On a third point, only through the rise of cloud-based data storage, the large amounts of data that are created in the internet of things can be handled and processed in a viable way. Furthermore, the increasing availability of open source software is facilitating the growth of new operating and business models around digitalized physical assets.

The fourth challenge lies in the introduction of Big Data, Analytics and real-time data processing in order to leverage the potential that is offered by the massive amount of data that will be created in Infrastructure assets. In this context, the whole lifecycle of infrastructure assets from investment to operations will be subject to the transformational forces of digitalization.

Is it safe?

The most intuitive reaction to digitalization of Critical Public Infrastructure is the fear of hacker attacks that would compromise our comfort and safety. Electrical blackouts, polluted water, traffic chaos are only a few scenarios that we would relate to mal-functioning digitalized infrastructure systems. Indeed, the challenge of cybersecurity increases as more and more digital components and interfaces are present within infrastructure assets. Furthermore, new operational methods and system inter-operation increase the complexity of the whole system and makes it vulnerable for inherently or externally induced failures. However, if we look at the heritage of operational systems like SCADA and the hardware that these systems are currently run on, one might argue that, even though we will increasingly use technology in the future, the introduction of new technology will be intrinsically coupled with more strict security considerations. There is another point to security and digitalization: Future operation models in public infrastructure will increasingly favor decentralized operation & control architecture models, as for example for decentralized electricity infrastructure. Considering that hacking multiple decentralized systems simultaneously is much more complex than breaking into one centralized system gives a new perspective to the development of security and stability of decentrally organized infrastructure operations. Nevertheless, cyber security will become a key factor for operators of Critical Public Infrastructure, and appropriate standards, processes and organizational features need to be put in place.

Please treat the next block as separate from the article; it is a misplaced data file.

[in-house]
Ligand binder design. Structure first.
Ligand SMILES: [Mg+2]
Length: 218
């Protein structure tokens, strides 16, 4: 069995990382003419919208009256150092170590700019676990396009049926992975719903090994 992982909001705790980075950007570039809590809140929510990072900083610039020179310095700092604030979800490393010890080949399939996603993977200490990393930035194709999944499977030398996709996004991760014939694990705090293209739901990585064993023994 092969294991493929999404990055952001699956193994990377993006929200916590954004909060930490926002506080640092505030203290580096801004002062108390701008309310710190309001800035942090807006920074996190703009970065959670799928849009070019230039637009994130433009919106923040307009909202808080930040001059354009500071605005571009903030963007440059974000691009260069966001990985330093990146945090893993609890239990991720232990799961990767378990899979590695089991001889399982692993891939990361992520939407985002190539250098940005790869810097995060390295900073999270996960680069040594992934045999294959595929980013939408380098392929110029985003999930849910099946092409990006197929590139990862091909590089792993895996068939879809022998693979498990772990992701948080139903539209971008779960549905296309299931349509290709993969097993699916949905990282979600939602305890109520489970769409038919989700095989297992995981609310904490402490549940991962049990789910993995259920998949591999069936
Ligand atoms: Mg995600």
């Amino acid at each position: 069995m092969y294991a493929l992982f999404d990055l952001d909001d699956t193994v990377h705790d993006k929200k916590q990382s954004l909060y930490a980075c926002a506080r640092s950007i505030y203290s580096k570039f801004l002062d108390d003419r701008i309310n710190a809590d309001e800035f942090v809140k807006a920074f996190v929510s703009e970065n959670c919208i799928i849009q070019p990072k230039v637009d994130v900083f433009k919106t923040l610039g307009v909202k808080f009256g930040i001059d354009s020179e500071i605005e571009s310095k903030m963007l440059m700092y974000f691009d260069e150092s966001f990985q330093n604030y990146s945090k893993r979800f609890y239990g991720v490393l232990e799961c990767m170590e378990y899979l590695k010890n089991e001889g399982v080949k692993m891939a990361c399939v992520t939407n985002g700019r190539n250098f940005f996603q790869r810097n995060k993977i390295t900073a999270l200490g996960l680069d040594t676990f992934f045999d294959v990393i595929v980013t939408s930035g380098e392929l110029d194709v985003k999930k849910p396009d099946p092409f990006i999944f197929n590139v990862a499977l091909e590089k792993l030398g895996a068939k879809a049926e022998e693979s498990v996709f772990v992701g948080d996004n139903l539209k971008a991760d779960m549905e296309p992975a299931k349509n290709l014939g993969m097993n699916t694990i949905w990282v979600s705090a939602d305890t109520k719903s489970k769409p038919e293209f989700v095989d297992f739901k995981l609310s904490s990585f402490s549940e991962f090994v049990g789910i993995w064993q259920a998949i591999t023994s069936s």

What owners and operators should do now?

Although achieving a high degree of digitalization in Critical Public Infrastructure may still take some years, owners and operators should already today consider action in order to prepare for the opportunities and challenges of this transformation:

  1. Assess the state of digitalization of the current asset base and operations, and develop an overall digitalization strategy and roadmap that best reflects the expected development for the respective industry sector
  2. Develop first use cases that underline the shift from data collection to value-creating process improvement, operating modes and business models. Implement first prototypes in order to accelerate the learning curve towards a digitalized asset base.
  3. From an IT architecture perspective, develop early concepts on how the fast increasing amount of data and information from assets is best managed and leveraged, while maintaining the requested level of security.
  4. Actively participate in and shape the discussion on harmonized system architecture, protocols and standards for the application of IoT technologies in Critical Public Infrastructure. By actively joining development platforms and groups, become a part of the ecosystem of technology providers and actors in the relevant fields of digitalization of physical assets
  5. Take supportive action for the public acceptance of technology in Critical Public Infrastructure and support legislative development for a sound framework for technology and business development.